It’s the music, of course.
The 11th annual Celebration at the Station, the Kansas City Symphony’s free concert at Union Station, turns regular folks into human pack animals hauling tents, lawn chairs, plastic tables and multiple coolers onto the vast lawn of Liberty Memorial — and all around it. They began arriving early Sunday afternoon and continued to gather until their numbers were in the tens of thousands.
They came for the fun and the fireworks at nightfall, yes, but mostly for the music, which in turn excites, soothes and inspires.
For some it brings back fond memories of military careers. For others, it’s way to introduce youngsters to the symphony. The latter is what Jessica Riley of Kansas City specifically had in mind. She was wearing her red, white and blue Cat-in-the-Hat-style hat, having snagged a spot not far from the stage in front of the station with friend Carolyn Lovelace and their youngsters.
“It’s a good opportunity for them to hear some great music they normally don’t listen to,” Riley said, nodding to her daughter, Alexandria, and Lovelace’s son, Phillip.
“And it’s free,” Lovelace said. “We love it. We’ve been coming since my son was 3, and he’s 10 now. To us, this is the official start of summer.”
Early on, the Fountain City Brass Band entertained the crowd, and the symphony’s program included an array of patriotic music, Aaron Copland’s “Lincoln Portrait” and Tchaikovsky’s “1812 Overture.” Singer Oleta Adams also was on the program, and accompanying the symphony were musicians from Musicorps, an organization that uses music projects to help wounded soldiers recover.
Eric Price of Leavenworth was in the crowd with a group of friends who are all retired members of the U.S. Army. Price and his wife, Judi, have been coming to Celebration at the Station for several years. They recall well the “1812 Overture” from one of those earlier years, when their son, now 6, “had a little accident” in his diaper as the first cannons sounded.
“I love hearing all the military music,” said Price as he pointed out fellow retired military members Jim Lourentzos of Lansing and Shawn Cupp of Leavenworth. “All of these songs have memories for us because we’ve all marched in parade to them.”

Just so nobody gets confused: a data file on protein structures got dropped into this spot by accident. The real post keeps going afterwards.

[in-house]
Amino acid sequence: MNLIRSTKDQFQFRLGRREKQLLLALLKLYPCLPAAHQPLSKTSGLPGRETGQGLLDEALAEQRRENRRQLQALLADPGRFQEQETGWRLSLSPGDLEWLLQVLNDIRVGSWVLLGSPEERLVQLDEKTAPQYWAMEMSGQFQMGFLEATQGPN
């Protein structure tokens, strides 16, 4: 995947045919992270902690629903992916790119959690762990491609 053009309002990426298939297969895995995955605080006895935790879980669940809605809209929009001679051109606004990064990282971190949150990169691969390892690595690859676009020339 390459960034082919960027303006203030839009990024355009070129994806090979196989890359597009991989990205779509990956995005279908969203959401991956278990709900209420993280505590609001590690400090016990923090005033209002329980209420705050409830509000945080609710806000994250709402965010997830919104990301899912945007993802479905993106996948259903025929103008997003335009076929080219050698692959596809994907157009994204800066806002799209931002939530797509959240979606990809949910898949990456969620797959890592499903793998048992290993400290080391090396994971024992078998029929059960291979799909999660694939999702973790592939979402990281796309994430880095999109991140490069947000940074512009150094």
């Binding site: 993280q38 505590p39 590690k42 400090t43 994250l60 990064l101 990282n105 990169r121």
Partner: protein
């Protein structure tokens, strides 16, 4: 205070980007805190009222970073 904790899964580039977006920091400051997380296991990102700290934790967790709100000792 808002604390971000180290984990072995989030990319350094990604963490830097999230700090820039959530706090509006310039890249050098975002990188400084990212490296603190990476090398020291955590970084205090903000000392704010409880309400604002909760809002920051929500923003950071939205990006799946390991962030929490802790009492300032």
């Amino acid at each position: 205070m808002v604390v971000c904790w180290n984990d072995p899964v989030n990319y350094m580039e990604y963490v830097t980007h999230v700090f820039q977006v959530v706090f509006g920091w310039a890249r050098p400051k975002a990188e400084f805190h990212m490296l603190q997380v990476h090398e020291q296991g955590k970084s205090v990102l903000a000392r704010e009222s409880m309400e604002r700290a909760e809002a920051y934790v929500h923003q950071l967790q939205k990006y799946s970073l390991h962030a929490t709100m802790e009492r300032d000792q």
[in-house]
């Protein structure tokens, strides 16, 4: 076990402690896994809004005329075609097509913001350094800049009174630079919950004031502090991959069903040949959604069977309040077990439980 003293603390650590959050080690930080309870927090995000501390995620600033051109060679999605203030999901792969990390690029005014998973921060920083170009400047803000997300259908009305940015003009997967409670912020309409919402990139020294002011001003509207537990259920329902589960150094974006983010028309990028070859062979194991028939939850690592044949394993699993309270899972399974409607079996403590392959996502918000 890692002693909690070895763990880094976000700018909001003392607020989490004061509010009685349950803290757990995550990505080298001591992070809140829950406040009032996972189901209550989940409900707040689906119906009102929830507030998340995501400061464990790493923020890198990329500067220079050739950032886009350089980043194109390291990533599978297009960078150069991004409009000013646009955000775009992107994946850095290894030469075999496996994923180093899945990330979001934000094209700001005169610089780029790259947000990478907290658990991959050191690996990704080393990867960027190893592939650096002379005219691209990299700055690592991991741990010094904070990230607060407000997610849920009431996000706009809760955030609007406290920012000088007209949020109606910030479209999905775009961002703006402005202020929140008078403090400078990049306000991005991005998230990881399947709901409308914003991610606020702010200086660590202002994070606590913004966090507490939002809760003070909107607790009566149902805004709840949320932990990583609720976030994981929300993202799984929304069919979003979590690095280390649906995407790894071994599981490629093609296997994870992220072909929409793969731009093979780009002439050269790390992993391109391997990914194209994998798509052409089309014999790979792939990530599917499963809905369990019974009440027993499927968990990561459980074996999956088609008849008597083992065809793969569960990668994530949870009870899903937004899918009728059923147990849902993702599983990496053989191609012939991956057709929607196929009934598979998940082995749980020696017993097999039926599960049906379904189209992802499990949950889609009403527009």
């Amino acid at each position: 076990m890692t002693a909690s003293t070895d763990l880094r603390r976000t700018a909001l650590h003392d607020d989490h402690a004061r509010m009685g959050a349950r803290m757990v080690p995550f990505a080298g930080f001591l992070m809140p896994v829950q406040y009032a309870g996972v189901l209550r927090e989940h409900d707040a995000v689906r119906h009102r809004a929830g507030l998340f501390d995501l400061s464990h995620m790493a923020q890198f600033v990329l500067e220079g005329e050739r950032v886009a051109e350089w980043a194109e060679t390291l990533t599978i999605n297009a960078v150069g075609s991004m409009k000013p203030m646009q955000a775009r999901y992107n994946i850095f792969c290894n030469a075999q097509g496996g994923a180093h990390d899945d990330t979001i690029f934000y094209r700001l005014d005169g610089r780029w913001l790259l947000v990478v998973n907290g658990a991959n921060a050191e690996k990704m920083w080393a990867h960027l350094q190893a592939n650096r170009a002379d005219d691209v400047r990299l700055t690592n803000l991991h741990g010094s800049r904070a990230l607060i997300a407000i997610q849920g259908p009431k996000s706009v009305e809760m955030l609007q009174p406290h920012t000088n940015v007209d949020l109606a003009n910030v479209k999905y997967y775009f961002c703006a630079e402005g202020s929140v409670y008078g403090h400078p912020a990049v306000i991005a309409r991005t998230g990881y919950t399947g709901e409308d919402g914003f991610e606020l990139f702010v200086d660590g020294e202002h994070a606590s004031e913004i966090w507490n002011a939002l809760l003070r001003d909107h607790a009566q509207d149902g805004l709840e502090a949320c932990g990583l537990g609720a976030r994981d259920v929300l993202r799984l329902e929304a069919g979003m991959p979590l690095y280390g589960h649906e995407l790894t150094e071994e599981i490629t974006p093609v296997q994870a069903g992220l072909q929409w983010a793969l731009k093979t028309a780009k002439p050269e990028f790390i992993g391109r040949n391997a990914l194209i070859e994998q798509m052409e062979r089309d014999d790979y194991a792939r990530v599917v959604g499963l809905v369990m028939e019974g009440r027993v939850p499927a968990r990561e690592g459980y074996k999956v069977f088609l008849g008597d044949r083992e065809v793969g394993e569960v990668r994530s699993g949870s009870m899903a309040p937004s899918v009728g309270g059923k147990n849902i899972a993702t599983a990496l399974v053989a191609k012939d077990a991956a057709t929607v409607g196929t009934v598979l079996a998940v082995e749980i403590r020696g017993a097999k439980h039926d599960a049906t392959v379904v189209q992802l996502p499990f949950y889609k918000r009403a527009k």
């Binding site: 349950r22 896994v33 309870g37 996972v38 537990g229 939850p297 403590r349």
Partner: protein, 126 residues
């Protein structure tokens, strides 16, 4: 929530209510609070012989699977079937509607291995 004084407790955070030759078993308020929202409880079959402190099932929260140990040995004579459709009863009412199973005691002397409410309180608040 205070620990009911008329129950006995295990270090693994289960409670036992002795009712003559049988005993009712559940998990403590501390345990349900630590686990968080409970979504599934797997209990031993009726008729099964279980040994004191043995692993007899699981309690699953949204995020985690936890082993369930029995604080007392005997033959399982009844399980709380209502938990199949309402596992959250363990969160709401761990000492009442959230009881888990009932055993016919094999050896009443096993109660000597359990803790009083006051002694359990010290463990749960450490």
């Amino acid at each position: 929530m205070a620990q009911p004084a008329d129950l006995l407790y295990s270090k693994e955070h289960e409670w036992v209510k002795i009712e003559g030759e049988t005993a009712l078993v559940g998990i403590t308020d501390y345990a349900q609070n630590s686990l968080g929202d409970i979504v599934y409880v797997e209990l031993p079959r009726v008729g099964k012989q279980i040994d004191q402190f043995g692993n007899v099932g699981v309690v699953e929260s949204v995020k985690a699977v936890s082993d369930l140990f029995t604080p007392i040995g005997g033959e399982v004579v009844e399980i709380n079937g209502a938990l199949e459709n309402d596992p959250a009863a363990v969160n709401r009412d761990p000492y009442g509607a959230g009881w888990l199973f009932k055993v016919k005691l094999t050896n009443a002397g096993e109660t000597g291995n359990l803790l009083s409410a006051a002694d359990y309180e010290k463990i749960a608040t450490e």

After playing Frisbee with the kids and listening to the symphony, the fireworks cap off a great day, he said.
“You have to stay through the fireworks,” Price said. “That’s why you bring four coolers of food.”
Antonia Vaiskunas and Nancy Laughlin, both of Olathe, were among 10 friends who grabbed a spot on the grassy area directly in front of Union Station, ready for supper with their fried chicken and macaroni salad.
Vaiskunas said she had several reasons to be drawn to the symphony’s program. Next month, she retires after 33 years as a reservist in the Army National Guard, and she’s a first-generation American. Her father is Lithuanian, and her mother is from Germany.
“My parents are very proud,” Vaiskunas said. “I”m excited to hear the patriotic music.”
Celebration at the Station’s lead sponsor, Bank of America, donated a home to Army veteran Mark Lupatsky, who suffered traumatic brain injury and post-traumatic stress disorder from tours in Iraq and Afghanistan. The donation is part of the bank’s program to make 1,000 properties available for homes for veterans.
Lupatsky and his family received the keys Sunday to a mortgage-free home and three years of family and financial mentoring.